The astronaut brother-in-law of Congresswoman Gabrielle Giffords, who was seriously injured this month in a shooting in Tucson, Ariz., spoke from the International Space Station this morning about Giffords' recovery and how his family is coping with the tragedy.
"Every time I talk to my brother, it seems like she's making really small steps, which, I think with this type of injury, is really critical," NASA astronaut Scott Kelly told ABC affiliate KTRK Houston. "We're all optimistic about her outcome."
Giffords (D-Ariz.)is recovering from a gunshot wound to the head that she sustained during a violent attackat a local supermarket event in Tucson.
Six people were killed and 12 others were injured in the Jan. 8 shooting.
Giffords remains at the University Medical Center of Tucson, but her condition is said to be improving daily. Over the weekend, doctors upgraded her condition from critical to serious, according to MSNBC.com.
Giffords' husband (and Scott Kelly's twin brother) is NASA astronaut Mark Kelly. He is slated to command the upcoming flight of the space shuttle Endeavour, which is currently scheduled to launch on April 19.
While Mark Kelly is still the commander of the shuttle mission, NASA has named veteran spaceflyer Rick Sturckow to serve as a backup commanderduring training for Endeavour's mission so that Kelly can remain by his wife's side.
As to whether his brother might opt to remove himself from the mission entirely, Scott Kelly said the choice is contingent on several factors.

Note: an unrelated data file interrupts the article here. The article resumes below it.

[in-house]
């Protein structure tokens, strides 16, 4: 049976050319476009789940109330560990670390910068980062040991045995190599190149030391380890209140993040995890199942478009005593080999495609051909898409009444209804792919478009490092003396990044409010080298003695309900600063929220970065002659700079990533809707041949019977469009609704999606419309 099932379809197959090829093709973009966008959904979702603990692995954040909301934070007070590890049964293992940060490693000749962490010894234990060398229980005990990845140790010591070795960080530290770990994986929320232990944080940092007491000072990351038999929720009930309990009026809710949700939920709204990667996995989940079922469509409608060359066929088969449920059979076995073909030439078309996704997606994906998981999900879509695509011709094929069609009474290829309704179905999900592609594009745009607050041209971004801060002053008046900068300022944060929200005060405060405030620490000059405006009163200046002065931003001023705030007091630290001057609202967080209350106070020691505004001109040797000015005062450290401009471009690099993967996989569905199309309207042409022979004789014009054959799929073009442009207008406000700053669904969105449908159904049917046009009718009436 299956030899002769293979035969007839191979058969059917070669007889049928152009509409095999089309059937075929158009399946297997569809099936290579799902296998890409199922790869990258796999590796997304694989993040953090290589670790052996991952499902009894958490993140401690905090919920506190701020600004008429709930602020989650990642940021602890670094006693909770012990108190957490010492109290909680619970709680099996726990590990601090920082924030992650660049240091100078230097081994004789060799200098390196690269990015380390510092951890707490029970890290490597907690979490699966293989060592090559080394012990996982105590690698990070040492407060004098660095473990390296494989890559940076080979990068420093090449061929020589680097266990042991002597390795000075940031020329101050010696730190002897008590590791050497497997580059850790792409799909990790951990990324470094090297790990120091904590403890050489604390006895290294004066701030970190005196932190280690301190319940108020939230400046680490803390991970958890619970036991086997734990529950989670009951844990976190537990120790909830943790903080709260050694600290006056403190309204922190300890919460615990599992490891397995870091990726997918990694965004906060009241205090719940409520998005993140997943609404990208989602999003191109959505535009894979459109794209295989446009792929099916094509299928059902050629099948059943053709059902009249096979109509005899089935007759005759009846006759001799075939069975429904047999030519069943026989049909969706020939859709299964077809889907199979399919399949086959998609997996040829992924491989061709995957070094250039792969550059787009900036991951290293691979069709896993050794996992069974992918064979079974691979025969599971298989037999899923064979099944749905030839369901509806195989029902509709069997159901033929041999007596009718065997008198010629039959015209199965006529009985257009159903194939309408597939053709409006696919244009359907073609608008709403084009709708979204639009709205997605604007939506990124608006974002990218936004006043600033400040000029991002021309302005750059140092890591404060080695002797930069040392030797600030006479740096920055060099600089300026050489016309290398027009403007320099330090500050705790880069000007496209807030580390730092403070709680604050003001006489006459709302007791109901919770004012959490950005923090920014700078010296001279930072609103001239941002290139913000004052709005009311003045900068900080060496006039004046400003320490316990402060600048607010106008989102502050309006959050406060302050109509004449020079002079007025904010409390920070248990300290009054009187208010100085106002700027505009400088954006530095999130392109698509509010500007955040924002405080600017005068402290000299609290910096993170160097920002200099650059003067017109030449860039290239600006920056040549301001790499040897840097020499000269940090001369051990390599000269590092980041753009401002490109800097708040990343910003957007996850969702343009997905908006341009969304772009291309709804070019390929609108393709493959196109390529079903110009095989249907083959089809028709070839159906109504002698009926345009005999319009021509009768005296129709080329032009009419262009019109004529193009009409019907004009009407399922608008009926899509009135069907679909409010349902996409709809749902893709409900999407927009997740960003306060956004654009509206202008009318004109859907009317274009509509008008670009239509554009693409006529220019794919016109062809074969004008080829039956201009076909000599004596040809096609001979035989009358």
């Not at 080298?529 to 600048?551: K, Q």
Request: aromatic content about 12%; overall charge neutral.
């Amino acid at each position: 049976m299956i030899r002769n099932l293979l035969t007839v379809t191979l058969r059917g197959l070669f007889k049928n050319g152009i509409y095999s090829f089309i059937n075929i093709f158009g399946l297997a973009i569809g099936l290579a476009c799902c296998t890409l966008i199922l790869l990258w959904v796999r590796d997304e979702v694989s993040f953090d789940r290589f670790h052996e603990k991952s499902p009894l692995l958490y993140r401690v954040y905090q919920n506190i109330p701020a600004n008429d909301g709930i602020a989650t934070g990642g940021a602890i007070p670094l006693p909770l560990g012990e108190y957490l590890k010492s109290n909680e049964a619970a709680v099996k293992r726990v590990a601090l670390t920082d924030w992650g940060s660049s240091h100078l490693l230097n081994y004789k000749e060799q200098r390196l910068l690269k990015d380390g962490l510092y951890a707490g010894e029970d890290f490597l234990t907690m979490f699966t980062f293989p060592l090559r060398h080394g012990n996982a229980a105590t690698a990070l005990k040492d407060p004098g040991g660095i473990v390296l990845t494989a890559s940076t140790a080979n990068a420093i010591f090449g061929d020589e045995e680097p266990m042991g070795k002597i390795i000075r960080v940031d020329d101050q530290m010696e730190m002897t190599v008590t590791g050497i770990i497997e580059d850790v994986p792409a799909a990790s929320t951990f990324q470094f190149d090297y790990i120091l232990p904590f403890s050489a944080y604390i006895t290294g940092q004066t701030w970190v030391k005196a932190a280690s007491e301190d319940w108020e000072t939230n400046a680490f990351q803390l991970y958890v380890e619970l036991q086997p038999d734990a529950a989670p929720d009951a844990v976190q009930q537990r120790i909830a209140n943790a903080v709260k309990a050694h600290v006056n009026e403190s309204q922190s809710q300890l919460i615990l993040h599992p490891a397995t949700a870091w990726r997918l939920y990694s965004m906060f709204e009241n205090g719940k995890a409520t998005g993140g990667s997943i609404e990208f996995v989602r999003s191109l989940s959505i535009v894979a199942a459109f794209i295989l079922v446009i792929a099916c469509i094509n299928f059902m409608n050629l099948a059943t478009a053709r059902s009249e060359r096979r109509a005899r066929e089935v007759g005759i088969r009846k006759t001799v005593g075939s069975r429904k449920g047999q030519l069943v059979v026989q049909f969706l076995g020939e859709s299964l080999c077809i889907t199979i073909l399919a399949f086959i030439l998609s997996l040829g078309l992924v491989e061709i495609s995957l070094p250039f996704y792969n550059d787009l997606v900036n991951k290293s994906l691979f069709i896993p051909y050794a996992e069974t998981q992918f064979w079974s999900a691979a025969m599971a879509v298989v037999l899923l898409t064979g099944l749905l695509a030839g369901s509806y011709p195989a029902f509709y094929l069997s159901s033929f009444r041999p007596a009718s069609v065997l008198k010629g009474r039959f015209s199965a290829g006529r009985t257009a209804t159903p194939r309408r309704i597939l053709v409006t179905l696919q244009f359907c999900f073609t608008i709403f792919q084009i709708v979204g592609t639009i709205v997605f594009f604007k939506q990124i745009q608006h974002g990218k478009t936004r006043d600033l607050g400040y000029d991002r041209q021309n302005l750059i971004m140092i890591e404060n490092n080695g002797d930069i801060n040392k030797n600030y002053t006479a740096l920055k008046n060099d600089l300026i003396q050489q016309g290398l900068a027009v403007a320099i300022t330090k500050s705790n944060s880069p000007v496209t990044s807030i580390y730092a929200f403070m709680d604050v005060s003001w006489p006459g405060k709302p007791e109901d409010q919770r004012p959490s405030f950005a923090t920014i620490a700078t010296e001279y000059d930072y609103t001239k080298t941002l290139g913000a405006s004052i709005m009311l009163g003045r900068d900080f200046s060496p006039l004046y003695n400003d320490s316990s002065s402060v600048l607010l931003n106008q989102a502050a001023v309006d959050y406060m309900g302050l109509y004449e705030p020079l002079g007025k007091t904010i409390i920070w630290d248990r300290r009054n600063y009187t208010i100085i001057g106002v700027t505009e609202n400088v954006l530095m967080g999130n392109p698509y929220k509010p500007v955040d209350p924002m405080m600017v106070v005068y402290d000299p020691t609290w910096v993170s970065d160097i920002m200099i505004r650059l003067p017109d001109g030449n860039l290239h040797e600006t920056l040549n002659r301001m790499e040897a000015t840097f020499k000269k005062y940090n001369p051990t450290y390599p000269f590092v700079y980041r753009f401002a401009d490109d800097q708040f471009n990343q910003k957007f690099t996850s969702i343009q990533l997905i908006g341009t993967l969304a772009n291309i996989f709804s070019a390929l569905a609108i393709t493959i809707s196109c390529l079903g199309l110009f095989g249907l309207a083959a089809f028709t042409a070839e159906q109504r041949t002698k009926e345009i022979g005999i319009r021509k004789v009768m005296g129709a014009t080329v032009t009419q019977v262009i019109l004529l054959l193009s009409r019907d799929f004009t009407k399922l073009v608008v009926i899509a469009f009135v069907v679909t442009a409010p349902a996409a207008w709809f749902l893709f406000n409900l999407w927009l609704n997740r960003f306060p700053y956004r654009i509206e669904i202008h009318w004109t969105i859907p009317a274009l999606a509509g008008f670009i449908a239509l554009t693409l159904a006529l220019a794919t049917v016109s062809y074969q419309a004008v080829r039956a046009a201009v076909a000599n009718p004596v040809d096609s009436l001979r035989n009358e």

"It's a decision that he'll make in consultation with the astronaut office and other folks at NASA," Scott Kelly said. "There's a lot to consider. I think he'll make the right decision, and I think he'll also weigh what Gabby would want in this scenario. I think we'll know something about that within a couple weeks."
Scott Kelly said he calls his brother from the space station twice daily to receive updates on Giffords' condition, and has also been in contact with other family and friends.
"I spoke to him this morning," Scott Kelly said. "I think he's coping as well as you can in this type of situation. Certainly it's very, very difficult but I think he's doing about as good as you can expect anyone to do."
And while it is tough to be away from his family, Kelly called himself a realist, saying he understands the situation and plans to cope and be supportive as well as he can.
"The best I can do is continue to do my job as I've done all along, support my brother and my kids the best way I can by means onboard the space station," he told ABC Primetime.
He said he hoped a lesson could be taken away from the tragic event.
"What we do here in space is incredibly challenging, and our country faces a lot of challenges," Kelly said. "The way we deal with challenges in this environment is through teamwork. Maybe the only good that can come of this is that we learn to work together."
You can follow SPACE.com Staff Writer Denise Chow on Twitter @denisechow.
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Denise Chow is a former Space.com staff writer who then worked as assistant managing editor at Live Science before moving to NBC News as a science reporter, where she focuses on general science and climate change. She spent two years with Space.com, writing about rocket launches and covering NASA's final three space shuttle missions, before joining the Live Science team in 2013. A Canadian transplant, Denise has a bachelor's degree from the University of Toronto, and a master's degree in journalism from New York University. At NBC News, Denise covers general science and climate change.